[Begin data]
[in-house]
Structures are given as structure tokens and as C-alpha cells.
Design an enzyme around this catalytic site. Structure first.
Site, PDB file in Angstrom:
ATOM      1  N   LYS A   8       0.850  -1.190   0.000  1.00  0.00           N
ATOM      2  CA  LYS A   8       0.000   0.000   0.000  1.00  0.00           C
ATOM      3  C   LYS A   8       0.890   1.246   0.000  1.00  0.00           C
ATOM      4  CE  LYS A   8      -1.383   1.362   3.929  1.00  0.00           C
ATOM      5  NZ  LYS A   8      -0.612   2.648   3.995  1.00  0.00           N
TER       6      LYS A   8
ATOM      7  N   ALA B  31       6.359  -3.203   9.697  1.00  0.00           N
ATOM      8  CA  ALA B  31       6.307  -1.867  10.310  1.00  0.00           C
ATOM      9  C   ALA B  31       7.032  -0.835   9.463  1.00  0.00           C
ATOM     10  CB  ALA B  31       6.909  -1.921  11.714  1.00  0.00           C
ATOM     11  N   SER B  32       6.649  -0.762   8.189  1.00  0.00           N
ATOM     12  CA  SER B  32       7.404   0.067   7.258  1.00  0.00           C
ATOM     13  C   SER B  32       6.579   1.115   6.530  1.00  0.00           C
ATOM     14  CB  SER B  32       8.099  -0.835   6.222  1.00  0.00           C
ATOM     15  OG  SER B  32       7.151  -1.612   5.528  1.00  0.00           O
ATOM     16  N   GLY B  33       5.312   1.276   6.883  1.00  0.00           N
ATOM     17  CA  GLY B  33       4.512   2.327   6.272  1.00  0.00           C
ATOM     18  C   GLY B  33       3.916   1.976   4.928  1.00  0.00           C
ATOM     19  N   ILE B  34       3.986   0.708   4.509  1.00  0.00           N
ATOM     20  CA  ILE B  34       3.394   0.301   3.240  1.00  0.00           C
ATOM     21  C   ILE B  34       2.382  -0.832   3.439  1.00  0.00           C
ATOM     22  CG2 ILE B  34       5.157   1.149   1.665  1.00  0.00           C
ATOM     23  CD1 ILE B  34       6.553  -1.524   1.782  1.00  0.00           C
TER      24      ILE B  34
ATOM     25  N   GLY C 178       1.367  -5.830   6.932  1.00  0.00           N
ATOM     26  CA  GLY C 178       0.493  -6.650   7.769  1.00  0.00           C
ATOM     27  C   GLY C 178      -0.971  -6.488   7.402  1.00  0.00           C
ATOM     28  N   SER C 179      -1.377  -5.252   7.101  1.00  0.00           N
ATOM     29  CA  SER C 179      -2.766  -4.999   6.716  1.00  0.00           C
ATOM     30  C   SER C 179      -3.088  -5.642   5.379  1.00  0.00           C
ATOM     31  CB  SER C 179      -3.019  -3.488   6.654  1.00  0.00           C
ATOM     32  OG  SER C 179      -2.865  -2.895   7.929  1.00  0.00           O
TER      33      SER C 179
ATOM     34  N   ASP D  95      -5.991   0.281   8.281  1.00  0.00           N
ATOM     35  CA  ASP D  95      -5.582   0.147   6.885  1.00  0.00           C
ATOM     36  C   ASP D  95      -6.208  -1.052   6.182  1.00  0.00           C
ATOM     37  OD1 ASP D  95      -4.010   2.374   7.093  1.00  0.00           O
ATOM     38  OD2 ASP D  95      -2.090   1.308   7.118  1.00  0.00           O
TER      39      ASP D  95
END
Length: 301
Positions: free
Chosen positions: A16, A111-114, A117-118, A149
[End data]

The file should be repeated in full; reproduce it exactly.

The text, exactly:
[in-house]
Structures are given as structure tokens and as C-alpha cells.
Design an enzyme around this catalytic site. Structure first.
Site, PDB file in Angstrom:
ATOM      1  N   LYS A   8       0.850  -1.190   0.000  1.00  0.00           N
ATOM      2  CA  LYS A   8       0.000   0.000   0.000  1.00  0.00           C
ATOM      3  C   LYS A   8       0.890   1.246   0.000  1.00  0.00           C
ATOM      4  CE  LYS A   8      -1.383   1.362   3.929  1.00  0.00           C
ATOM      5  NZ  LYS A   8      -0.612   2.648   3.995  1.00  0.00           N
TER       6      LYS A   8
ATOM      7  N   ALA B  31       6.359  -3.203   9.697  1.00  0.00           N
ATOM      8  CA  ALA B  31       6.307  -1.867  10.310  1.00  0.00           C
ATOM      9  C   ALA B  31       7.032  -0.835   9.463  1.00  0.00           C
ATOM     10  CB  ALA B  31       6.909  -1.921  11.714  1.00  0.00           C
ATOM     11  N   SER B  32       6.649  -0.762   8.189  1.00  0.00           N
ATOM     12  CA  SER B  32       7.404   0.067   7.258  1.00  0.00           C
ATOM     13  C   SER B  32       6.579   1.115   6.530  1.00  0.00           C
ATOM     14  CB  SER B  32       8.099  -0.835   6.222  1.00  0.00           C
ATOM     15  OG  SER B  32       7.151  -1.612   5.528  1.00  0.00           O
ATOM     16  N   GLY B  33       5.312   1.276   6.883  1.00  0.00           N
ATOM     17  CA  GLY B  33       4.512   2.327   6.272  1.00  0.00           C
ATOM     18  C   GLY B  33       3.916   1.976   4.928  1.00  0.00           C
ATOM     19  N   ILE B  34       3.986   0.708   4.509  1.00  0.00           N
ATOM     20  CA  ILE B  34       3.394   0.301   3.240  1.00  0.00           C
ATOM     21  C   ILE B  34       2.382  -0.832   3.439  1.00  0.00           C
ATOM     22  CG2 ILE B  34       5.157   1.149   1.665  1.00  0.00           C
ATOM     23  CD1 ILE B  34       6.553  -1.524   1.782  1.00  0.00           C
TER      24      ILE B  34
ATOM     25  N   GLY C 178       1.367  -5.830   6.932  1.00  0.00           N
ATOM     26  CA  GLY C 178       0.493  -6.650   7.769  1.00  0.00           C
ATOM     27  C   GLY C 178      -0.971  -6.488   7.402  1.00  0.00           C
ATOM     28  N   SER C 179      -1.377  -5.252   7.101  1.00  0.00           N
ATOM     29  CA  SER C 179      -2.766  -4.999   6.716  1.00  0.00           C
ATOM     30  C   SER C 179      -3.088  -5.642   5.379  1.00  0.00           C
ATOM     31  CB  SER C 179      -3.019  -3.488   6.654  1.00  0.00           C
ATOM     32  OG  SER C 179      -2.865  -2.895   7.929  1.00  0.00           O
TER      33      SER C 179
ATOM     34  N   ASP D  95      -5.991   0.281   8.281  1.00  0.00           N
ATOM     35  CA  ASP D  95      -5.582   0.147   6.885  1.00  0.00           C
ATOM     36  C   ASP D  95      -6.208  -1.052   6.182  1.00  0.00           C
ATOM     37  OD1 ASP D  95      -4.010   2.374   7.093  1.00  0.00           O
ATOM     38  OD2 ASP D  95      -2.090   1.308   7.118  1.00  0.00           O
TER      39      ASP D  95
END
Length: 301
Positions: free
Chosen positions: A16, A111-114, A117-118, A149